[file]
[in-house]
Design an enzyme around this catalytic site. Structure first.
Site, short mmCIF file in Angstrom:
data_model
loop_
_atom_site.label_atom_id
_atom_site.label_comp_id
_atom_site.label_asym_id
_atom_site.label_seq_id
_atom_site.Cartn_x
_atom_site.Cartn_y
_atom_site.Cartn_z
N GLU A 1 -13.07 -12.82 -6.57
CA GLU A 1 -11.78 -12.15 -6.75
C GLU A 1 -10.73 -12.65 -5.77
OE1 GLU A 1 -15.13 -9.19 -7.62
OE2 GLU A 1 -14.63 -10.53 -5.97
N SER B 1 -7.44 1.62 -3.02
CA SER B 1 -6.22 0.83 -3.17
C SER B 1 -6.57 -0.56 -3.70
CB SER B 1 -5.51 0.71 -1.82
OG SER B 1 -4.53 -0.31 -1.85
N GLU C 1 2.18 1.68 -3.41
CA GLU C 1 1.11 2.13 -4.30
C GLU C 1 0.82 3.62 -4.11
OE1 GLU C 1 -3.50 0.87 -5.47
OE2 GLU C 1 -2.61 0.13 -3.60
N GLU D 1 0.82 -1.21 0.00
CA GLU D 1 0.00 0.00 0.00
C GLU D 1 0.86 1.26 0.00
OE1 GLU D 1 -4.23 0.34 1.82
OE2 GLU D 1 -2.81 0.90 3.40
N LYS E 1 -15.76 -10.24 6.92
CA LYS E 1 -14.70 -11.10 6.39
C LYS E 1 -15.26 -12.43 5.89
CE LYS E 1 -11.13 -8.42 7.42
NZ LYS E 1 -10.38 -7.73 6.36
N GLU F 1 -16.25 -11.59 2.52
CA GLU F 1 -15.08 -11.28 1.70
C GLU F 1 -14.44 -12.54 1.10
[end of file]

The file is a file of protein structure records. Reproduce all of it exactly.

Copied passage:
[in-house]
Design an enzyme around this catalytic site. Structure first.
Site, short mmCIF file in Angstrom:
data_model
loop_
_atom_site.label_atom_id
_atom_site.label_comp_id
_atom_site.label_asym_id
_atom_site.label_seq_id
_atom_site.Cartn_x
_atom_site.Cartn_y
_atom_site.Cartn_z
N GLU A 1 -13.07 -12.82 -6.57
CA GLU A 1 -11.78 -12.15 -6.75
C GLU A 1 -10.73 -12.65 -5.77
OE1 GLU A 1 -15.13 -9.19 -7.62
OE2 GLU A 1 -14.63 -10.53 -5.97
N SER B 1 -7.44 1.62 -3.02
CA SER B 1 -6.22 0.83 -3.17
C SER B 1 -6.57 -0.56 -3.70
CB SER B 1 -5.51 0.71 -1.82
OG SER B 1 -4.53 -0.31 -1.85
N GLU C 1 2.18 1.68 -3.41
CA GLU C 1 1.11 2.13 -4.30
C GLU C 1 0.82 3.62 -4.11
OE1 GLU C 1 -3.50 0.87 -5.47
OE2 GLU C 1 -2.61 0.13 -3.60
N GLU D 1 0.82 -1.21 0.00
CA GLU D 1 0.00 0.00 0.00
C GLU D 1 0.86 1.26 0.00
OE1 GLU D 1 -4.23 0.34 1.82
OE2 GLU D 1 -2.81 0.90 3.40
N LYS E 1 -15.76 -10.24 6.92
CA LYS E 1 -14.70 -11.10 6.39
C LYS E 1 -15.26 -12.43 5.89
CE LYS E 1 -11.13 -8.42 7.42
NZ LYS E 1 -10.38 -7.73 6.36
N GLU F 1 -16.25 -11.59 2.52
CA GLU F 1 -15.08 -11.28 1.70
C GLU F 1 -14.44 -12.54 1.10